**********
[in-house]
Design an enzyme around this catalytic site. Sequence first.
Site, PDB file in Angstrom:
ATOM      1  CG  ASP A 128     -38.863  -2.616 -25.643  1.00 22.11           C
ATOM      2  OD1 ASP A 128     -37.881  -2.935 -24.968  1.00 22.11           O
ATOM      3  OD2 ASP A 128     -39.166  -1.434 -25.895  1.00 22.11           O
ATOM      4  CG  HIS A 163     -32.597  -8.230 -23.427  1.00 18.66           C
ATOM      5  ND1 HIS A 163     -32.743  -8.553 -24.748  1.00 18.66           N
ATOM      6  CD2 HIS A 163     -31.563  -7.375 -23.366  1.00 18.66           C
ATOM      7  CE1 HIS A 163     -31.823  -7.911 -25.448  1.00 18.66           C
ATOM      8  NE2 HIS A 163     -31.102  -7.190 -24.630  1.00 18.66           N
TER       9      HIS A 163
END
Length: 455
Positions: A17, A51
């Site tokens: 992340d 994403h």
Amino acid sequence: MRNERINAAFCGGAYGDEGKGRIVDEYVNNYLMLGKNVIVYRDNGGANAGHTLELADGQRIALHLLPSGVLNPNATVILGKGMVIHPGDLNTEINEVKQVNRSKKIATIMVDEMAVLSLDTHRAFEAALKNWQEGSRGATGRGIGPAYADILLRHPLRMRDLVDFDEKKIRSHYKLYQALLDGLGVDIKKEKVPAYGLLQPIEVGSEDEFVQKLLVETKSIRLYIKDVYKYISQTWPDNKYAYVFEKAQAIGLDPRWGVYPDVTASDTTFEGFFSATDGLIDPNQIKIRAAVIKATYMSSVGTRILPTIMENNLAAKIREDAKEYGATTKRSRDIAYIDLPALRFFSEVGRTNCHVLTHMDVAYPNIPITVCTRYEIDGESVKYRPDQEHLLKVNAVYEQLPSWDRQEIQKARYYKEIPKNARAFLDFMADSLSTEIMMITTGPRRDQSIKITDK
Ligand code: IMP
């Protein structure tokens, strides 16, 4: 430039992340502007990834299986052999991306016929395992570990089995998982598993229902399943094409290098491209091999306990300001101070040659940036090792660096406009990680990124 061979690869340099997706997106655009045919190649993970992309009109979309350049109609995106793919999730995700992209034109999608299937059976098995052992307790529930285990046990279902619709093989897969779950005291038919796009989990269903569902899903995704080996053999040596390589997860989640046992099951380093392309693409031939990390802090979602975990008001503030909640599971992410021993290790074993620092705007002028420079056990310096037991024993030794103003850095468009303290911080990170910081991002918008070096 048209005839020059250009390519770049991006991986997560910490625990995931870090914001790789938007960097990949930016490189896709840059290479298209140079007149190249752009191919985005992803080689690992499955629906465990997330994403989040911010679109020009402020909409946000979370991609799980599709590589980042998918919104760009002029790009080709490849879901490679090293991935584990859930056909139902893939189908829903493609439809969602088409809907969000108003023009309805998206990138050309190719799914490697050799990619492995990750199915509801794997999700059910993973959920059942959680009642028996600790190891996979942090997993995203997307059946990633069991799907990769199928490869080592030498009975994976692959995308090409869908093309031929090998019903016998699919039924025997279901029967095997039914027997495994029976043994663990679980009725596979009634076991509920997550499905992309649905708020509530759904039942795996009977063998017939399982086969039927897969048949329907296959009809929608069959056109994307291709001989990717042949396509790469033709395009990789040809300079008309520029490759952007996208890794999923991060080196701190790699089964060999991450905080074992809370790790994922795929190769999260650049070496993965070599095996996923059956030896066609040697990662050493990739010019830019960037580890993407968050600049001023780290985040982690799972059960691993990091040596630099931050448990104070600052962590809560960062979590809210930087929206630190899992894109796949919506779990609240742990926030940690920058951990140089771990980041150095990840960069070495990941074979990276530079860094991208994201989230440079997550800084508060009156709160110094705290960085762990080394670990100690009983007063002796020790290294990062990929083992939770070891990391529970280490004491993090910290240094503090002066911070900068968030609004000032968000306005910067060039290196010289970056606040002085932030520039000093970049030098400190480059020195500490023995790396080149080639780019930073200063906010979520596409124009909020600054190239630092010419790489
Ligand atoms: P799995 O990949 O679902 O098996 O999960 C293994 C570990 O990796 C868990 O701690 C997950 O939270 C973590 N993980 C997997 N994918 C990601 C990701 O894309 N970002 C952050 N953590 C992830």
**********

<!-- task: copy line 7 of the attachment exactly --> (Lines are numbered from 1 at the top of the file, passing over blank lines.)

ATOM      4  CG  HIS A 163     -32.597  -8.230 -23.427  1.00 18.66           C